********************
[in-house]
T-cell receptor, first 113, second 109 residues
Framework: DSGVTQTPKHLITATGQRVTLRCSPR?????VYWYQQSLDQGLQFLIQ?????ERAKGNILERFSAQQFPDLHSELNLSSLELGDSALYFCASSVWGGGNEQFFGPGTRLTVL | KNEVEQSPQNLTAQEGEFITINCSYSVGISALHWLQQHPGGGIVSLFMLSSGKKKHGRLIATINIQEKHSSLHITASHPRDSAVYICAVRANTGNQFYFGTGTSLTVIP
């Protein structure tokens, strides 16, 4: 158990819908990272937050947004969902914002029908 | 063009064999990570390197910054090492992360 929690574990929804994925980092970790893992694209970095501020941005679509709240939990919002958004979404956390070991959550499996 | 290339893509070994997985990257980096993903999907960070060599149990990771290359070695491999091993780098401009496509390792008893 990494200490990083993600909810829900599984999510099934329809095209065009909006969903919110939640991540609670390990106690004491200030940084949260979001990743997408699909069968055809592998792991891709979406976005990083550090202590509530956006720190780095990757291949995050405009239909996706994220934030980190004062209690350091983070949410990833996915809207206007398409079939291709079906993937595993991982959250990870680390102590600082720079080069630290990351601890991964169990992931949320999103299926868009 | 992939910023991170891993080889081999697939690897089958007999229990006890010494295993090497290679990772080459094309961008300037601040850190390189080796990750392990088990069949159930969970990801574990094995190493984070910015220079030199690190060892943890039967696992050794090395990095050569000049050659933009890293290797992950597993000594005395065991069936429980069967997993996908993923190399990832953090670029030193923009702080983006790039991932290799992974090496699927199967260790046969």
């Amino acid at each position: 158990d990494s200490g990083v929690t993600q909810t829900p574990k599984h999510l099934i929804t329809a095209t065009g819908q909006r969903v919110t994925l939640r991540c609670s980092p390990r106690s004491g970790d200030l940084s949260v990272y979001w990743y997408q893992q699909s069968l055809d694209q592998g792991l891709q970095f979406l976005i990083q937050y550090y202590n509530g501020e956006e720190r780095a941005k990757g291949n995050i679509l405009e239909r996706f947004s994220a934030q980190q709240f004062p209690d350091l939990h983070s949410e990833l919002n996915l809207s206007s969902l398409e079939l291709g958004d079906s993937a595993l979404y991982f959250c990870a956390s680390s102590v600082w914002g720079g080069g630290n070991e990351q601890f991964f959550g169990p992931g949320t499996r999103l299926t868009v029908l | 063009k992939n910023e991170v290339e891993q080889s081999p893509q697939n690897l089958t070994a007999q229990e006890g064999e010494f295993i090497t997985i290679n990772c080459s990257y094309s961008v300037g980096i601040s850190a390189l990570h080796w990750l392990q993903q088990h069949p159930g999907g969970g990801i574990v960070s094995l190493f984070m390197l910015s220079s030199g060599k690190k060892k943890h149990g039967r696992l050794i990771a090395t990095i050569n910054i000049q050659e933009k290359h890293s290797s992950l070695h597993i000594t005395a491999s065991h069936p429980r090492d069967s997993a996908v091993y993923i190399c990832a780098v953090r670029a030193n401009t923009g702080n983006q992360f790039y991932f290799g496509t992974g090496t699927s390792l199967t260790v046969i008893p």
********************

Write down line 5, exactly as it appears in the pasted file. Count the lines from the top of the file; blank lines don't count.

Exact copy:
């Amino acid at each position: 158990d990494s200490g990083v929690t993600q909810t829900p574990k599984h999510l099934i929804t329809a095209t065009g819908q909006r969903v919110t994925l939640r991540c609670s980092p390990r106690s004491g970790d200030l940084s949260v990272y979001w990743y997408q893992q699909s069968l055809d694209q592998g792991l891709q970095f979406l976005i990083q937050y550090y202590n509530g501020e956006e720190r780095a941005k990757g291949n995050i679509l405009e239909r996706f947004s994220a934030q980190q709240f004062p209690d350091l939990h983070s949410e990833l919002n996915l809207s206007s969902l398409e079939l291709g958004d079906s993937a595993l979404y991982f959250c990870a956390s680390s102590v600082w914002g720079g080069g630290n070991e990351q601890f991964f959550g169990p992931g949320t499996r999103l299926t868009v029908l | 063009k992939n910023e991170v290339e891993q080889s081999p893509q697939n690897l089958t070994a007999q229990e006890g064999e010494f295993i090497t997985i290679n990772c080459s990257y094309s961008v300037g980096i601040s850190a390189l990570h080796w990750l392990q993903q088990h069949p159930g999907g969970g990801i574990v960070s094995l190493f984070m390197l910015s220079s030199g060599k690190k060892k943890h149990g039967r696992l050794i990771a090395t990095i050569n910054i000049q050659e933009k290359h890293s290797s992950l070695h597993i000594t005395a491999s065991h069936p429980r090492d069967s997993a996908v091993y993923i190399c990832a780098v953090r670029a030193n401009t923009g702080n983006q992360f790039y991932f290799g496509t992974g090496t699927s390792l199967t260790v046969i008893p």